The end of the silicon roadmap: Every 18 months our computers become twice as powerful. However, this trend will stop in 10 years when transistors become so small that heat dissipation and quantum effects dominate. The information society (a specific objective of the European Research Area) will then require material systems that offer an alternative to silicon technology.
The aim of this proposal is to investigate the manganites where it is possible to create nanoscale devices such as might be used in the post-silicon era. An alternative material system: The manganites are complex oxides of manganese. Modern imaging techniques confirm that even single crystals can contain multiple phases. That is, different parts of the material can behave quite differently c.f. aluminium, which is metallic throughout.
In a manganite, patches of metal can coexist with patches of insulator. Crucially, the patches can extend over a wide range of length scales. The smallest patches are as small as the manganese atoms themselves. Moreover, the patches contain a range of magnetic textures. This richness permits multiple means of addressing nanoscale manganite circuit and memory elements.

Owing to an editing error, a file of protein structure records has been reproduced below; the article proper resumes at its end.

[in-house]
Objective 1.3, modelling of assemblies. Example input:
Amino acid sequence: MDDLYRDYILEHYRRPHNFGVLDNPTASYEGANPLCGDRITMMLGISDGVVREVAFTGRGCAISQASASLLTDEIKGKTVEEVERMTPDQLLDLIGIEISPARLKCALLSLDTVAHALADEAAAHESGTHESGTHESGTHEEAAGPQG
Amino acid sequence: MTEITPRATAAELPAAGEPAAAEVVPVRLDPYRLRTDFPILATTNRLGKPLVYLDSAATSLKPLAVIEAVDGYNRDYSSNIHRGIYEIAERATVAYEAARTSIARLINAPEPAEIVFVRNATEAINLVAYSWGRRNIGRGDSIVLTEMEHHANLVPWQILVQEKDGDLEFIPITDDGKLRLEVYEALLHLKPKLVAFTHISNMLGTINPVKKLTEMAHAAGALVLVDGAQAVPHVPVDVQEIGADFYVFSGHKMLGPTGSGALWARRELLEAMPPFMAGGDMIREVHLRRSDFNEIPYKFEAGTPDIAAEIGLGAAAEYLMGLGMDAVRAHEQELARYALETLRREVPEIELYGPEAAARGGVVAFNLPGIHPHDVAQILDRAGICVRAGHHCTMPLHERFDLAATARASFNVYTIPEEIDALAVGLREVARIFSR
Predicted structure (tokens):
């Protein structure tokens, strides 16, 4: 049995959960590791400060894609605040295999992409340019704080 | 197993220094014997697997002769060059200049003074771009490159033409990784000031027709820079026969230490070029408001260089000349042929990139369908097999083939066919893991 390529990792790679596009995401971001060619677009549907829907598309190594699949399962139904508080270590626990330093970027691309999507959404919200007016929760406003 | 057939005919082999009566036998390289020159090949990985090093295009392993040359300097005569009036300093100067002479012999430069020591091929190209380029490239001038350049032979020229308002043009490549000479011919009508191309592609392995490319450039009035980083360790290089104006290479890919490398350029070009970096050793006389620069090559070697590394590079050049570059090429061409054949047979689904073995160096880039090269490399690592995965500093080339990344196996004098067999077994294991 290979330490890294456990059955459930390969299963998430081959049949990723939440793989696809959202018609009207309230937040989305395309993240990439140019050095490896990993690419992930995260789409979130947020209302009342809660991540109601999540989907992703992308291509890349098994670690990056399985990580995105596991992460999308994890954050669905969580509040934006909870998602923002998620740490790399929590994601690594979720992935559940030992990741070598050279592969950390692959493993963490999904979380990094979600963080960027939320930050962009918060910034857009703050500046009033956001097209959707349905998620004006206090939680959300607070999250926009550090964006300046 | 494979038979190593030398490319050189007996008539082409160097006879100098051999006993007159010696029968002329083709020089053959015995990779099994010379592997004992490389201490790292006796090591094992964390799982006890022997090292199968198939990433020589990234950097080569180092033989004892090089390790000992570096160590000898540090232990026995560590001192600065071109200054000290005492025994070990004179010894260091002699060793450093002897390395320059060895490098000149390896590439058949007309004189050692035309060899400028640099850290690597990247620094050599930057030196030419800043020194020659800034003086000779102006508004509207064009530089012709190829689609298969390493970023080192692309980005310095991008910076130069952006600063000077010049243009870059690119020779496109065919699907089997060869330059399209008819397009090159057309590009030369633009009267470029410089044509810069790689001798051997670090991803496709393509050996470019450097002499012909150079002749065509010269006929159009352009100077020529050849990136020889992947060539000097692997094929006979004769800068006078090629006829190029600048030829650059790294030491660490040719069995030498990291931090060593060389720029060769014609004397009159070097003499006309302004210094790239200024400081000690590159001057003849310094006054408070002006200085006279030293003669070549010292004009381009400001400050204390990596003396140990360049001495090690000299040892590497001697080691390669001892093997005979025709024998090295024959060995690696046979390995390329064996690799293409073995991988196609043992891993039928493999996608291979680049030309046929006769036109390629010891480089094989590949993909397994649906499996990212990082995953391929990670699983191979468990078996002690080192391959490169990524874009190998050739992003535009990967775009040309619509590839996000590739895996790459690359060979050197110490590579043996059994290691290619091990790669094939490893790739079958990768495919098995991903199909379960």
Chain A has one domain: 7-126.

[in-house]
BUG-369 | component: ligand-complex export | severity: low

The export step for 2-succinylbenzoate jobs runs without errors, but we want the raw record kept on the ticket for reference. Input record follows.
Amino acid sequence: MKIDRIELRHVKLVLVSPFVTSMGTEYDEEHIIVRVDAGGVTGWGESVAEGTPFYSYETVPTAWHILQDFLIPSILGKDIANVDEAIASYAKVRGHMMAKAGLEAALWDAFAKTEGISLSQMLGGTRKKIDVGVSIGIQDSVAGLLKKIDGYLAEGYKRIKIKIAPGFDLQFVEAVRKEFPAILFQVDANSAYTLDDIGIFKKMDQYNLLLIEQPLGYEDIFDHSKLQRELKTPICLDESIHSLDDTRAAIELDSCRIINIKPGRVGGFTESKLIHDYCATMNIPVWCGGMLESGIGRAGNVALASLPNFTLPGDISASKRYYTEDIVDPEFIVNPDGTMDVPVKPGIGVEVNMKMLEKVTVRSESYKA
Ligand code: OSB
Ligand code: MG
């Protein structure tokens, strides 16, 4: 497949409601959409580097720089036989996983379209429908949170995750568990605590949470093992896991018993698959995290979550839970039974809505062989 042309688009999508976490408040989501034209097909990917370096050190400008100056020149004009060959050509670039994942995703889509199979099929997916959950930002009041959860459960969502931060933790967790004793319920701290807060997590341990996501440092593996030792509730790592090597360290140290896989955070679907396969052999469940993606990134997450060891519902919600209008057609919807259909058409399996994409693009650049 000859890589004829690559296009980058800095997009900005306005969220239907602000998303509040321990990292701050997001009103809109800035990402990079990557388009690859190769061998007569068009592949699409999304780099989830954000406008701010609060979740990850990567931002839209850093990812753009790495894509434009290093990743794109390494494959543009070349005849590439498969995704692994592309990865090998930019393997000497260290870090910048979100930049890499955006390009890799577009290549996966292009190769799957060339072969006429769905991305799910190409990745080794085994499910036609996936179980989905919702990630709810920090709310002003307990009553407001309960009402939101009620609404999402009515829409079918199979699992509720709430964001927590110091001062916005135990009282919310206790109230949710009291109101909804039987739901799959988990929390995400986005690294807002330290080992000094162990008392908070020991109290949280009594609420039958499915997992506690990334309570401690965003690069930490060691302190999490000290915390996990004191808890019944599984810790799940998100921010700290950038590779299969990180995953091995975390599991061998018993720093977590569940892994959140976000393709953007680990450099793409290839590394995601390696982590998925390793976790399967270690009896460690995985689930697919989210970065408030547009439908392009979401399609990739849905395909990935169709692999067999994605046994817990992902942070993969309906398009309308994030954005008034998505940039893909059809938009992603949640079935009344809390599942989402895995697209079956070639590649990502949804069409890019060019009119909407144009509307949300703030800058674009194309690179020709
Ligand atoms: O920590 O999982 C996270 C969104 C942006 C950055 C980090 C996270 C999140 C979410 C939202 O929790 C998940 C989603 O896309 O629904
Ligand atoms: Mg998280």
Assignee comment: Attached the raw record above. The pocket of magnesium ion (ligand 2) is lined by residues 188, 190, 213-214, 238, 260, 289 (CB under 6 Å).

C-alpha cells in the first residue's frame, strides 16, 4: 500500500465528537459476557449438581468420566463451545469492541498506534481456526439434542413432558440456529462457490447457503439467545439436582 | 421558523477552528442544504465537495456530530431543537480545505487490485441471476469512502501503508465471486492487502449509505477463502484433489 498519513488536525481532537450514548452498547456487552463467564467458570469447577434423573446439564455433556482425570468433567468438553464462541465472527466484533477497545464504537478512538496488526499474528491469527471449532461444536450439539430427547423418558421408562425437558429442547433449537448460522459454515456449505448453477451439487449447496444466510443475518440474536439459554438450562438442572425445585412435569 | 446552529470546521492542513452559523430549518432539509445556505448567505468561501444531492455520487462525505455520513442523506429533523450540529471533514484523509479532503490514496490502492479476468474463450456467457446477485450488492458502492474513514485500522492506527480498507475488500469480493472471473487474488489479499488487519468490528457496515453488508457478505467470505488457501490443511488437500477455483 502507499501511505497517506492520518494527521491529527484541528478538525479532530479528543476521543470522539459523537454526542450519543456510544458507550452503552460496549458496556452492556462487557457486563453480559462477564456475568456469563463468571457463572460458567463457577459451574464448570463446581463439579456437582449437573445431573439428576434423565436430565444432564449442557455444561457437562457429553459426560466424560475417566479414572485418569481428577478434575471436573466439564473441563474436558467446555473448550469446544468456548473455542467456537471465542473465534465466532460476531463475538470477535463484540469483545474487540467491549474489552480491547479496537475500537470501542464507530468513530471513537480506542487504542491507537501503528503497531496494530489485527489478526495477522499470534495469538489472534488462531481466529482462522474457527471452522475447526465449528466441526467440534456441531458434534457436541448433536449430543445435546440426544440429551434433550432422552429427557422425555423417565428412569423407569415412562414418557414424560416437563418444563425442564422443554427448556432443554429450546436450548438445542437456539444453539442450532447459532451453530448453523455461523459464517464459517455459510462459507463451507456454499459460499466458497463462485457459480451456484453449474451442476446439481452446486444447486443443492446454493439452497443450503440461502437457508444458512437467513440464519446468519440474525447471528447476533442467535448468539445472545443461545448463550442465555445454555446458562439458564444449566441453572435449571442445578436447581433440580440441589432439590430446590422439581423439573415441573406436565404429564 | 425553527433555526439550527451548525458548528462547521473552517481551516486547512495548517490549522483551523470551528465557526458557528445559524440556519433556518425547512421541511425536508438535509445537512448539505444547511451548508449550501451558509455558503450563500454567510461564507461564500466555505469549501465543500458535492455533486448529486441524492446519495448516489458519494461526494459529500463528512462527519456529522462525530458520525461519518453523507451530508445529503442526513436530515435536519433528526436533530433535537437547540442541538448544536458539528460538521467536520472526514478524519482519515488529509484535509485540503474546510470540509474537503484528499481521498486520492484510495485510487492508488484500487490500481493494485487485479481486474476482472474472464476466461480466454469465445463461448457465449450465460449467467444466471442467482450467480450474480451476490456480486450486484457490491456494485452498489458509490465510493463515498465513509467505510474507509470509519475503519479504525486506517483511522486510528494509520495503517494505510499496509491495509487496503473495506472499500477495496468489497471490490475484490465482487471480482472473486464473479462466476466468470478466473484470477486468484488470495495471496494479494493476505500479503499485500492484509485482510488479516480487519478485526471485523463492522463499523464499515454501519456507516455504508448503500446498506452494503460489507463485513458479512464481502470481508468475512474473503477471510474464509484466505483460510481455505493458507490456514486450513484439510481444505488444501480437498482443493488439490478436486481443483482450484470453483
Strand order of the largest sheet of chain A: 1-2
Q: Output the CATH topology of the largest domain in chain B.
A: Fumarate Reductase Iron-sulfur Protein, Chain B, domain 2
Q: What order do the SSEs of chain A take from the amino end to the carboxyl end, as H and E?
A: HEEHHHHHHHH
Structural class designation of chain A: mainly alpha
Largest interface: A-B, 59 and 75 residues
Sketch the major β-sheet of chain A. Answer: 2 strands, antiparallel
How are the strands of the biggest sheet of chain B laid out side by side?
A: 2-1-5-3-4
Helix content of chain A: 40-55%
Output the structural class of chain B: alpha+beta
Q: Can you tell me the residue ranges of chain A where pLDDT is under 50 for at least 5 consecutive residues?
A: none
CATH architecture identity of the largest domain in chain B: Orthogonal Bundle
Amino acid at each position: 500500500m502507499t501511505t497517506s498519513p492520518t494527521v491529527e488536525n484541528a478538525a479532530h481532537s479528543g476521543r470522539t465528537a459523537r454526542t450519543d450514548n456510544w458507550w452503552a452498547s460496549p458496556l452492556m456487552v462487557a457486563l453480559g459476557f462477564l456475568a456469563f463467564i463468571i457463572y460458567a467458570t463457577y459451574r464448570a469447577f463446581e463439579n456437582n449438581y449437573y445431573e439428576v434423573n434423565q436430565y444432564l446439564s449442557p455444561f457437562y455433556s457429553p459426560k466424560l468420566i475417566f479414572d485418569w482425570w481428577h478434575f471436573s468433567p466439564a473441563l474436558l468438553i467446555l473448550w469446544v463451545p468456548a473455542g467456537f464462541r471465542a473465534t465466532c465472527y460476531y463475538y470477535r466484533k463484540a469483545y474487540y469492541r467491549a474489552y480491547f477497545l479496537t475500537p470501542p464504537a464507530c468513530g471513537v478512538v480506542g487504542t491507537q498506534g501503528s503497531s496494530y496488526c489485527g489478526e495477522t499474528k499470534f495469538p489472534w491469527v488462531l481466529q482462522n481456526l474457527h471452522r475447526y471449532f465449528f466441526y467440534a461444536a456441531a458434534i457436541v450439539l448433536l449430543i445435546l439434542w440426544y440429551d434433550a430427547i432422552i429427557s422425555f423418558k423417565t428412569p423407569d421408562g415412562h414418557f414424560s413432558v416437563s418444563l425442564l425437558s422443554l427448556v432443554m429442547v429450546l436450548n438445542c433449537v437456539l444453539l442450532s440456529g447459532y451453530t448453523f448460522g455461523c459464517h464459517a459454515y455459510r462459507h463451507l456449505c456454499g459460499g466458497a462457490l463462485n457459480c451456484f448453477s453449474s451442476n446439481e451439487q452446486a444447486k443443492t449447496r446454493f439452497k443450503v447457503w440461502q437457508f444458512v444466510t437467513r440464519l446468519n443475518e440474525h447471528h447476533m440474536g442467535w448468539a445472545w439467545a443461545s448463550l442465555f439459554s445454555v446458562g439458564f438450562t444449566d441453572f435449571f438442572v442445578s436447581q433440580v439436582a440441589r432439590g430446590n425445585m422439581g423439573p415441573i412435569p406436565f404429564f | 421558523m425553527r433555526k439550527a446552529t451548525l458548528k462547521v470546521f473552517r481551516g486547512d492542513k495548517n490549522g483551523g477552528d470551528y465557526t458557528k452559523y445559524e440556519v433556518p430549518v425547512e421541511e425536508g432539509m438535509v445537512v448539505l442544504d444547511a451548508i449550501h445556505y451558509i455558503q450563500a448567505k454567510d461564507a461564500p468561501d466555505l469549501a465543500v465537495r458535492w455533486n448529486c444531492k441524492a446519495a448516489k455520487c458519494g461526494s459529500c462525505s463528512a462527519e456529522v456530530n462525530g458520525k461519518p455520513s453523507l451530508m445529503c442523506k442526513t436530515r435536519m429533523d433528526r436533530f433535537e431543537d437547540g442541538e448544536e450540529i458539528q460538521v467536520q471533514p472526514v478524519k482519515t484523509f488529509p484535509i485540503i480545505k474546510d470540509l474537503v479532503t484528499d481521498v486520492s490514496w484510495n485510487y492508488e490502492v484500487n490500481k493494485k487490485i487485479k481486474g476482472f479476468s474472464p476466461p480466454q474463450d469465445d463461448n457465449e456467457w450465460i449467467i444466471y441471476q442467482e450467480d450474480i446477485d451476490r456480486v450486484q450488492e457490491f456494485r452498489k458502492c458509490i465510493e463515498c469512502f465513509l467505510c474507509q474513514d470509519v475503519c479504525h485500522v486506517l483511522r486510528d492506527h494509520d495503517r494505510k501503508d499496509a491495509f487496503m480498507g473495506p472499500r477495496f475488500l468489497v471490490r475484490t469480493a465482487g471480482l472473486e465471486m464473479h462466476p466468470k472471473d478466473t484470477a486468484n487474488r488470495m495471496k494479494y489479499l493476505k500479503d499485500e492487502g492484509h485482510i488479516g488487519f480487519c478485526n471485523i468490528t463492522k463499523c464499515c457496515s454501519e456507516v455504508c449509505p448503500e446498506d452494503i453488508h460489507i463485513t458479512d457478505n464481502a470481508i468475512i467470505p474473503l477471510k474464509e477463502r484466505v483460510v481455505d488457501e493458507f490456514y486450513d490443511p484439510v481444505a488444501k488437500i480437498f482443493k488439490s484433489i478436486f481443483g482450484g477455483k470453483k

Objectives & realisation Materials selection exercise to establish phase boundaries in thin film manganites Observation of phase coexistence near phase boundaries in thin films Addressing phases in thin films Self-organised phase coexistence in thin film devices.
Addressing phases in thin film devices Proof-of-principle nanodevices Nanotechnology: the third way. This project represents an alternative to the traditional top-down and bottom-up synthesis routes in nanotechnology. Here, the aim is to create self-organised nanoscale electronic and magnetic elements in the homogeneous background of a continuous crystal.
Training: The Fellow will lead the research and play an active part in any commercialisation. Experimental skills in thin film growth will be extended to encompass device nanofabrication.
Call for proposal
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